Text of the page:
U.S. court of appeals upholds controversial Texas abortion law
The restrictive abortion bill passed by the Texas Legislature cleared another hurdle on March 27 when a federal appeals court upheld the law as originally written. The Fifth Circuit Court of Appeals ruled on two key issues of House Bill No. 2: that physicians who perform abortions have admitting privileges at nearby hospitals and new dosages on abortion-inducing drugs.
In a statement, Gov. Rick Perry praised the court's decision. "The people of Texas have spoken through their elected leaders and in support of protecting the culture of life in our state," Perry said. "Today's court decision is good news for Texas women and the unborn, and we will continue to fight for the protection of life and women's health in Texas."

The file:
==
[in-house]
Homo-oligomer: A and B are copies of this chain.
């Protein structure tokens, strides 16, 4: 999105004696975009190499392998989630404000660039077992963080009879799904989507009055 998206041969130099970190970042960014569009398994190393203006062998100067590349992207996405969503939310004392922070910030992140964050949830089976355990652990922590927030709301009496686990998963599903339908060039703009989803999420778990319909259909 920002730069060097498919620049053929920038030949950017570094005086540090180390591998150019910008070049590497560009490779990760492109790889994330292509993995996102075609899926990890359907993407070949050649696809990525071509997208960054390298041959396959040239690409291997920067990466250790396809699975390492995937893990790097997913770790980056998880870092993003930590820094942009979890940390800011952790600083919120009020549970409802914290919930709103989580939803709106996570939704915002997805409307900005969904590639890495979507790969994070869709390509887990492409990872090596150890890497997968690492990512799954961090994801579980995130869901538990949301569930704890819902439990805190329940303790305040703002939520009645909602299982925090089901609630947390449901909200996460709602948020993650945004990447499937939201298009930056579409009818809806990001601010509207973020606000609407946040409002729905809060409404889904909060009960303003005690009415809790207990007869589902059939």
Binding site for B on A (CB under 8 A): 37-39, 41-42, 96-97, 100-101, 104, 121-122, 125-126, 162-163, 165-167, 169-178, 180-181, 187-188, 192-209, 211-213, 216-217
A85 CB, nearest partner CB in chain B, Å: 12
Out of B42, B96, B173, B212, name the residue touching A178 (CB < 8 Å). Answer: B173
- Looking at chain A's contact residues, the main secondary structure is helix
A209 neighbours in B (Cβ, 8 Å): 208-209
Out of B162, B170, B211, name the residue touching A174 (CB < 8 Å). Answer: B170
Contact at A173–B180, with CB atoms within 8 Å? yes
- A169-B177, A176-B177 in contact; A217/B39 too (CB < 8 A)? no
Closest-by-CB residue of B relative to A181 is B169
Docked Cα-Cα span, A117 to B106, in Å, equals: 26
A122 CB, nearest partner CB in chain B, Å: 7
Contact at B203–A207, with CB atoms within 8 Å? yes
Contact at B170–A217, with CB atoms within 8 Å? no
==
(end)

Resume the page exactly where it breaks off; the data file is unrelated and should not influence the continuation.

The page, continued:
It's been a topsy-turvy path for the new law, made famous of course by gubernatorial candidate Wendy Davis' filibuster in June. In October, Judge Lee Yeakel, a federal judge in Austin, ruled the new law unconstitutional saying, "The act's admitting-privileges provision is without a rational basis."
The Fifth Circuit overturned Yeakel's decision, fast tracking it to hallowed halls of SCOTUS. On November 19, the Supreme Court voted 5 to 4 to keep the admitting provision. With the appellate court's latest ruling, the law is poised to take effect as written. Overturning it now would require action by the U.S. Supreme Court or state legislators.